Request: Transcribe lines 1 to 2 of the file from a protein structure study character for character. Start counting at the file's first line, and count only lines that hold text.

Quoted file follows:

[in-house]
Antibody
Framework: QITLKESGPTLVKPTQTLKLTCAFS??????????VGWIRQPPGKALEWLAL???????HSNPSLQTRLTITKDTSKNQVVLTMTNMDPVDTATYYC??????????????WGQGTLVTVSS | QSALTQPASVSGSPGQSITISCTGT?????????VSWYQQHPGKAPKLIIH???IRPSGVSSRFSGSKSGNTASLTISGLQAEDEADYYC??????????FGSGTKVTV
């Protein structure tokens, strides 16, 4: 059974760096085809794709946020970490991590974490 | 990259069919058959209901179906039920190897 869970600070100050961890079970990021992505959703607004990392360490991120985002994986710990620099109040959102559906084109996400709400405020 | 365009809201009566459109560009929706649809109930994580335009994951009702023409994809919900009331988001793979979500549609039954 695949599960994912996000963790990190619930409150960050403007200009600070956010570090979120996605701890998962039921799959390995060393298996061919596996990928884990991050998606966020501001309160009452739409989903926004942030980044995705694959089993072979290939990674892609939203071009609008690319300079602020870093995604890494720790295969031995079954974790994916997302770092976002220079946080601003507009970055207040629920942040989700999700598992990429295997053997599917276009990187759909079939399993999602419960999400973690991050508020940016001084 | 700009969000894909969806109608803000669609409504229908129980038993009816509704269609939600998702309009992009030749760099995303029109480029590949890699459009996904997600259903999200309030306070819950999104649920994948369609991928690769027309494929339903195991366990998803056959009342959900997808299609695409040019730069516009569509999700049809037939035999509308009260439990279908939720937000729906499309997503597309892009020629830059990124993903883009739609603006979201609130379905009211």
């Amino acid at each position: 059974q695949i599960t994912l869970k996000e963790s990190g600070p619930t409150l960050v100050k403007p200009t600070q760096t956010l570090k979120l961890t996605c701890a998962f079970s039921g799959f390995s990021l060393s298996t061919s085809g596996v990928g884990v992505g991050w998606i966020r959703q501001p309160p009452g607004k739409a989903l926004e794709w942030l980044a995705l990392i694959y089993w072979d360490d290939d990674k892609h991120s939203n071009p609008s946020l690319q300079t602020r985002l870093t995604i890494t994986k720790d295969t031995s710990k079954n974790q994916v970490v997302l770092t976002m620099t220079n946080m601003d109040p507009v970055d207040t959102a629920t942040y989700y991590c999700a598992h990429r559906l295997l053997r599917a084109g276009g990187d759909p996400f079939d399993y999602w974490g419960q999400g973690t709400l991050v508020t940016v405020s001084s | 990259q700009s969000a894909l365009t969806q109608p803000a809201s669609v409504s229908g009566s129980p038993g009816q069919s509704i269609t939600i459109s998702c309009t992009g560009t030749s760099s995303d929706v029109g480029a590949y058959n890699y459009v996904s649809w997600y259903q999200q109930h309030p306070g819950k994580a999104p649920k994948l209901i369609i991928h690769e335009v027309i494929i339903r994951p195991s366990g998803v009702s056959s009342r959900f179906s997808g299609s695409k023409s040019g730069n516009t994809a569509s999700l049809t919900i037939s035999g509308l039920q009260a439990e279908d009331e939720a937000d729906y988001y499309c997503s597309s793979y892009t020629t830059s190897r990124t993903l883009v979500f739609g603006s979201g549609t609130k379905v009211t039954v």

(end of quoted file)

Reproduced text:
[in-house]
Antibody